'I took it until pain stopped'
Acid reflux patient would randomly take medicine for her condition
Since she was a teenager, she would reach for her stash of over-the-counter medicine whenever she felt a gnawing pain in her upper abdomen.
Business manager Rachel Lee, now 36, would sometimes pop as many as 10 antacid pills a day to try to ease the pain caused by gastroesophageal reflux disease (Gerd), more commonly known as heartburn or acid reflux.
Acid reflux is a digestive disorder where the acidic content of the stomach flows back into the throat (the oesophagus).
"I didn't know when or how often I was supposed to take the medicine. I just took it until the pain went away," she told The New Paper.
A local survey shows that 40 per cent of acid reflux patients, such as Madam Lee, do not take their medicine regularly.
Conducted by the Gastroenterological Society of Singapore ahead of World Digestive Health Day on Thursday, the survey shows that a busy lifestyle is the most common reason for not taking the medication as prescribed. (See report on right.)
Even when Madam Lee was prescribed Dexilant for her acid reflux a month ago, she failed to keep up with her two-week prescription. It should be taken once daily, but she neglected to take it on a few days.
"Every day, I have to take iron, calcium and omega-3 supplements because I am breast-feeding. The pills are big so I have to space them out," said the mother of a one-year-old daughter.
"Nobody likes to be popping pills all the time."
Madam Lee said the prescription drug is more effective than over-the-counter medicine and the pain now strikes her only once in a while.
But such irregular consumption may mean that the patient will continue to feel the burning sensation from the acid for prolonged periods, said Dr Daphne Ang, a consultant gastroenterologist at Changi General Hospital (CGH), and the survey's chief investigator.
"If the medication has to be taken 12-hourly and (patients) only take it once a day, it may lead to symptoms when the medication has worn out and they are due for the next dosage," she said.
For patients with erosions in the lining of the oesophagus, CGH's gastroenterology chief Ang Tiing Leong said taking medicine irregularly may lead to complications like strictures, which is the narrowing of the oesophagus due to healed ulcer scar tissues.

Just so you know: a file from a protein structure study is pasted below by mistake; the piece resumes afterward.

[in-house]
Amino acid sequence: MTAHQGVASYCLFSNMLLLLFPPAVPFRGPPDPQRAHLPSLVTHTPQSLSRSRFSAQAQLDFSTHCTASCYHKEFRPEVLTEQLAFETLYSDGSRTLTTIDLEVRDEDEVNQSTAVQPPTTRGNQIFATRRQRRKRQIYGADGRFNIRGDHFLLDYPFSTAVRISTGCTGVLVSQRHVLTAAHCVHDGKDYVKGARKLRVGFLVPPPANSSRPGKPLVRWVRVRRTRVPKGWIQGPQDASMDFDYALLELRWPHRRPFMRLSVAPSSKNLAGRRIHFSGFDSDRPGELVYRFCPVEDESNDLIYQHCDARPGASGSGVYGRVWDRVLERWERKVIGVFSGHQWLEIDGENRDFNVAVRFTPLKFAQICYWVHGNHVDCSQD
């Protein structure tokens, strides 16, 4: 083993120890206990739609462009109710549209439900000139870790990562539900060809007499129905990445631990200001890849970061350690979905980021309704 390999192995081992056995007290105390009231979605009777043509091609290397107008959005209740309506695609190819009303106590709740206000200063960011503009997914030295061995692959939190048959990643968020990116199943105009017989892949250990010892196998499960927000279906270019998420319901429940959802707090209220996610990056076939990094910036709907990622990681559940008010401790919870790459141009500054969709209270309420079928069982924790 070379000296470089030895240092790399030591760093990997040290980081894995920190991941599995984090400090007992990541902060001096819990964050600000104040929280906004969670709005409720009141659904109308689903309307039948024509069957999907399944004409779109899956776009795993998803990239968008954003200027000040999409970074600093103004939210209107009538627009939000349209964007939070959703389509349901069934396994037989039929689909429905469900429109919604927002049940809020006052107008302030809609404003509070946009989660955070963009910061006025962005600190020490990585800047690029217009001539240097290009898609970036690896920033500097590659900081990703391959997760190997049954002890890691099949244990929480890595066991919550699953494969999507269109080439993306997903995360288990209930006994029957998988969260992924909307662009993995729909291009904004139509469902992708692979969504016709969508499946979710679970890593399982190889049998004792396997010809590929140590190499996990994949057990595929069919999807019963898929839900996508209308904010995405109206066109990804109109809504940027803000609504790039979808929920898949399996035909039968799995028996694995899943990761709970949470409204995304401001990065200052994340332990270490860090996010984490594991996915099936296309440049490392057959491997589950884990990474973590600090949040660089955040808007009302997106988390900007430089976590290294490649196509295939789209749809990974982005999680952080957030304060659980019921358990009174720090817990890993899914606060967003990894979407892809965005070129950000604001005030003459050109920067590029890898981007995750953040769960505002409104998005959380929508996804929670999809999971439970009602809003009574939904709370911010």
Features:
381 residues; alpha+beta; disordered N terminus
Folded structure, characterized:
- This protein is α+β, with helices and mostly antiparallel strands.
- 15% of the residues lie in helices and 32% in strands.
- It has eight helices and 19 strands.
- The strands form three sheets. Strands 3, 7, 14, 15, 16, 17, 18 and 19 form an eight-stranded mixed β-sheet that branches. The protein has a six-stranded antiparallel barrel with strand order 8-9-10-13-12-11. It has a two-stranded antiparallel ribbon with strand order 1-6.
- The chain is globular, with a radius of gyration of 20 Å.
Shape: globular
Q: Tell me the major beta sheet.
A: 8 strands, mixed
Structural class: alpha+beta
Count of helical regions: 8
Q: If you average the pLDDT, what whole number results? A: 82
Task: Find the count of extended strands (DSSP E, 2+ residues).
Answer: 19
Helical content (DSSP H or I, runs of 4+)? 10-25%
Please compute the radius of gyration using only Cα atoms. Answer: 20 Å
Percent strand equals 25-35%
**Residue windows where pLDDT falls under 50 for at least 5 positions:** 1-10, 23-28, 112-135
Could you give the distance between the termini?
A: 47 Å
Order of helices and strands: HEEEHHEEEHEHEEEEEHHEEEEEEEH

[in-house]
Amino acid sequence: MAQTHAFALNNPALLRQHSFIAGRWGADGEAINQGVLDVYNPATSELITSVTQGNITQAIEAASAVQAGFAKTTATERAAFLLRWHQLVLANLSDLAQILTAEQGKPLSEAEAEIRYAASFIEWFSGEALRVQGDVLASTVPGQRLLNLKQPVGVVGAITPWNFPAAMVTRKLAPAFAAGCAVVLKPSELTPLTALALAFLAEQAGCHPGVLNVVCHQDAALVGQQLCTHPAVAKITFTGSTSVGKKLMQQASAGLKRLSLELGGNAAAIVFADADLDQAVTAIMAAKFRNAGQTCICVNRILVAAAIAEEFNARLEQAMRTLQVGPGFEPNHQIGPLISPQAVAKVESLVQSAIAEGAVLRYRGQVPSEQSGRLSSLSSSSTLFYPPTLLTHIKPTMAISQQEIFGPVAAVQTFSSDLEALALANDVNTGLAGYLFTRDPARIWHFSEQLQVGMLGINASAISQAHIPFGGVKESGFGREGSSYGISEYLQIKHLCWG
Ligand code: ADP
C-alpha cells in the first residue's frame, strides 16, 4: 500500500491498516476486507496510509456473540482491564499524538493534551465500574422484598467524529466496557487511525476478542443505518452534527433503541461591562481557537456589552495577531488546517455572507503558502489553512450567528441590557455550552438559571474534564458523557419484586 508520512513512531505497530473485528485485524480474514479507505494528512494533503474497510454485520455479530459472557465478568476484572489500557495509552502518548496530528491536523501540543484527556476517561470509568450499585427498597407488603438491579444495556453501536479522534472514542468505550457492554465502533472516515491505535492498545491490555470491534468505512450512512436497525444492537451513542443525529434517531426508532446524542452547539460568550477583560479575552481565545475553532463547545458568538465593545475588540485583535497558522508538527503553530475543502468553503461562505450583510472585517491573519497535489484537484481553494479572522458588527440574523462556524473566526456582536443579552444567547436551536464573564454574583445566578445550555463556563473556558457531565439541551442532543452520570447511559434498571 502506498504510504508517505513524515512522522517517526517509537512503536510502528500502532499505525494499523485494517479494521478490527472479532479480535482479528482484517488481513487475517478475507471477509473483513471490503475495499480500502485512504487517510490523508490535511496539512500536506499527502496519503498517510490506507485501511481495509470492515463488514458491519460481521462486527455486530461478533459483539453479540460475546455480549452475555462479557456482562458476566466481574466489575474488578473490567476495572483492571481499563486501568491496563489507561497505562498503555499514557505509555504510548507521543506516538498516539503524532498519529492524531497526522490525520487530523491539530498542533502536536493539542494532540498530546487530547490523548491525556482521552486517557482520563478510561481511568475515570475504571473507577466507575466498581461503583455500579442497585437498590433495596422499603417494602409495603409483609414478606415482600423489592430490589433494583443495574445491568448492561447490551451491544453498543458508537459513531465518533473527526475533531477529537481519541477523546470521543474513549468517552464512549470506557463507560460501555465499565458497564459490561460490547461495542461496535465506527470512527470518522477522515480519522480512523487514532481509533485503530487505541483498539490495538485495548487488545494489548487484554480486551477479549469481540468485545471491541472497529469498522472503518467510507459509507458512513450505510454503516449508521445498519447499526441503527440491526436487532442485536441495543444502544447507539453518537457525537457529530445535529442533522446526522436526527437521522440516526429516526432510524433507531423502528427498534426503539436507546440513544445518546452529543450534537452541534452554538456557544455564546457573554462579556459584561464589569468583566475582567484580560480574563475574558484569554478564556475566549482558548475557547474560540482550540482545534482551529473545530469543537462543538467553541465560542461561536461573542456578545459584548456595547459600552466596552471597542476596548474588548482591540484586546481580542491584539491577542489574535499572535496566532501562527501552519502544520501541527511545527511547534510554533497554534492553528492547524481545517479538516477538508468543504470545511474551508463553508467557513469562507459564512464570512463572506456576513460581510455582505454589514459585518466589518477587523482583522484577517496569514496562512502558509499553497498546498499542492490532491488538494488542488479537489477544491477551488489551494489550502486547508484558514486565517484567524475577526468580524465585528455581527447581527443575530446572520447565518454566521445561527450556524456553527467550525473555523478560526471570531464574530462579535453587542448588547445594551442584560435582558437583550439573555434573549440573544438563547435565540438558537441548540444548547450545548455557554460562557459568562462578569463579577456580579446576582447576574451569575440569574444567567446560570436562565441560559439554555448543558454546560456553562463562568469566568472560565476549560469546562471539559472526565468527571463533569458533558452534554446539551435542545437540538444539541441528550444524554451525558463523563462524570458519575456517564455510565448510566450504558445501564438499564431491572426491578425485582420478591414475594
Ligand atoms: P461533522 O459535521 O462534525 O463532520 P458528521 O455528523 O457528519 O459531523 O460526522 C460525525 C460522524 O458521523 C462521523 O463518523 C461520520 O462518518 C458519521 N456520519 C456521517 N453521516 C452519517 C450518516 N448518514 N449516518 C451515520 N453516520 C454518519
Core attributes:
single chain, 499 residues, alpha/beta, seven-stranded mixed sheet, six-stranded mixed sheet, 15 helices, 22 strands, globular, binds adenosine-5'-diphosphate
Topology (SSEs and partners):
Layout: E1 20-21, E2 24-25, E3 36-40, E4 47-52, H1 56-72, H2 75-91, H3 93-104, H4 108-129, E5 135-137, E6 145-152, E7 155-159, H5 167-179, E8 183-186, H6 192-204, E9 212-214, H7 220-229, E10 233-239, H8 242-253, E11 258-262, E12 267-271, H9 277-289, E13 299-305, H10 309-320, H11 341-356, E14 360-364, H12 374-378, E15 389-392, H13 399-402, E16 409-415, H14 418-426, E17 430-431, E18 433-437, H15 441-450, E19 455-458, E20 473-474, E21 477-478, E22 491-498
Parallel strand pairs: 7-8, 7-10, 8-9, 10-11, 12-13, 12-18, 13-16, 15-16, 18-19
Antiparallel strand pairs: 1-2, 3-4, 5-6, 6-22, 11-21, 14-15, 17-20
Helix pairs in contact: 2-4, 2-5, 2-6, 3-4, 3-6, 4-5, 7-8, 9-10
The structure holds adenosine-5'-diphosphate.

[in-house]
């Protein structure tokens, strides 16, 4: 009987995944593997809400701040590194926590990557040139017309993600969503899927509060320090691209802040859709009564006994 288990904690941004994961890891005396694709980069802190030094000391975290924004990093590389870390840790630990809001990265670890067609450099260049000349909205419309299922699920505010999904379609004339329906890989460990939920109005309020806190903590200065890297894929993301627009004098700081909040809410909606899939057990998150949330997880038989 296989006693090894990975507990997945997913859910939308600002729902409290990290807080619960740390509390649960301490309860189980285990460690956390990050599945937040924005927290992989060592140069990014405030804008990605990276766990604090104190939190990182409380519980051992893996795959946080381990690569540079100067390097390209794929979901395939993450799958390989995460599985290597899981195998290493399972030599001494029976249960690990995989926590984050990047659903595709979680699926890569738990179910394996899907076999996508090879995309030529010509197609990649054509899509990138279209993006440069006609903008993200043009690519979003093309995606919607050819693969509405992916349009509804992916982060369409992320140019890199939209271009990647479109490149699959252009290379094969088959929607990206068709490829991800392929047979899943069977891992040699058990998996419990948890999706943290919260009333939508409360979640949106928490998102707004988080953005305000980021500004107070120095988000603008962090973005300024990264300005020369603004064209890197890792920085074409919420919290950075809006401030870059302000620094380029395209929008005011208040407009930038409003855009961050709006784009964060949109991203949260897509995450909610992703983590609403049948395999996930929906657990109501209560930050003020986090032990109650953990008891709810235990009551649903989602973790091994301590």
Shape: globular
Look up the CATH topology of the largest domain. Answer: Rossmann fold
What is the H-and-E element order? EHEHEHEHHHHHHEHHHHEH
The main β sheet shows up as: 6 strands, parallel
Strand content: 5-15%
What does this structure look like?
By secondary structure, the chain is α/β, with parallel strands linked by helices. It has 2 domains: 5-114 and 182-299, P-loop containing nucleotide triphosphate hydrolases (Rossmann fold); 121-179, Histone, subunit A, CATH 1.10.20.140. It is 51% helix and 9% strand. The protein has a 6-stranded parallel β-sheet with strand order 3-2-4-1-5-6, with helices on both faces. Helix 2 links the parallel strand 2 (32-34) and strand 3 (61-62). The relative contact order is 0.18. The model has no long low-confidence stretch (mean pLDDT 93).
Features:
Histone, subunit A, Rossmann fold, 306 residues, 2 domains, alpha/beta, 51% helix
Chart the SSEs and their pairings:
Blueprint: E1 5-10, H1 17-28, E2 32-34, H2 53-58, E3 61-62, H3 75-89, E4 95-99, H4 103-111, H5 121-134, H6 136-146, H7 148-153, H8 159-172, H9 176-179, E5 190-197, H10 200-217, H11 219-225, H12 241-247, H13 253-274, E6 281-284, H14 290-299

Prescription and over-the-counter treatments for Gerd work slightly differently, explained Dr Jarrod Lee, a gastroenterologist in private practice.
The former helps to reduce the acidic content of the acid reflux so it does not irritate the lining of the oesophagus, while the latter neutralises the acidic content in the stomach and oesophagus. But neither reduces the number of acid reflux episodes, he added.
If the medication has to be taken 12-hourly and (patients) only take it once a day, it may lead to symptoms when the medication has worn out...
- Consultant gastroenterologist Daphne Ang
40% of patients don't take medicine as told: Study
Many patients who suffer from acid reflux may complain that their medicine does not work. But this could be because they fail to pop the pills as instructed, a local study has found.
Conducted by the Gastroenterological Society of Singapore (GESS) between last December and last month, the study showed that 40 per cent of the 202 patients surveyed did not take their medicine around meal times, as instructed.
And out of this 40 per cent, close to half said they were too busy to keep to the timings.
These numbers helped shed light on the habits of patients with acid reflux, which doctors do not always have the luxury to delve into during consultations, said GESS president Ang Tiing Leong.
Dr Ang, who heads the gastroenterology department at Changi General Hospital (CGH), added that the results helped to explain why prescribed medication sometimes fails to alleviate discomfort.
As the prescribed drugs have a 90 per cent efficacy, patients should ideally become well, he said.
The irregular consumption of medicine may mean that patients have to deal with a burning sensation or a sour taste in the mouth for prolonged periods.
In most cases, this will result in an altered quality of life, like sleep disruption, said Dr Daphne Ang, the study's chief investigator and a consultant gastroenterologist at CGH,
Five to 10 per cent of these cases will result in strictures, the narrowing of the gut due to healed scar tissues. This may then result in food getting stuck in the gut, she said.
Only 0.1 per cent of these patients end up with cancer, Dr Ang added.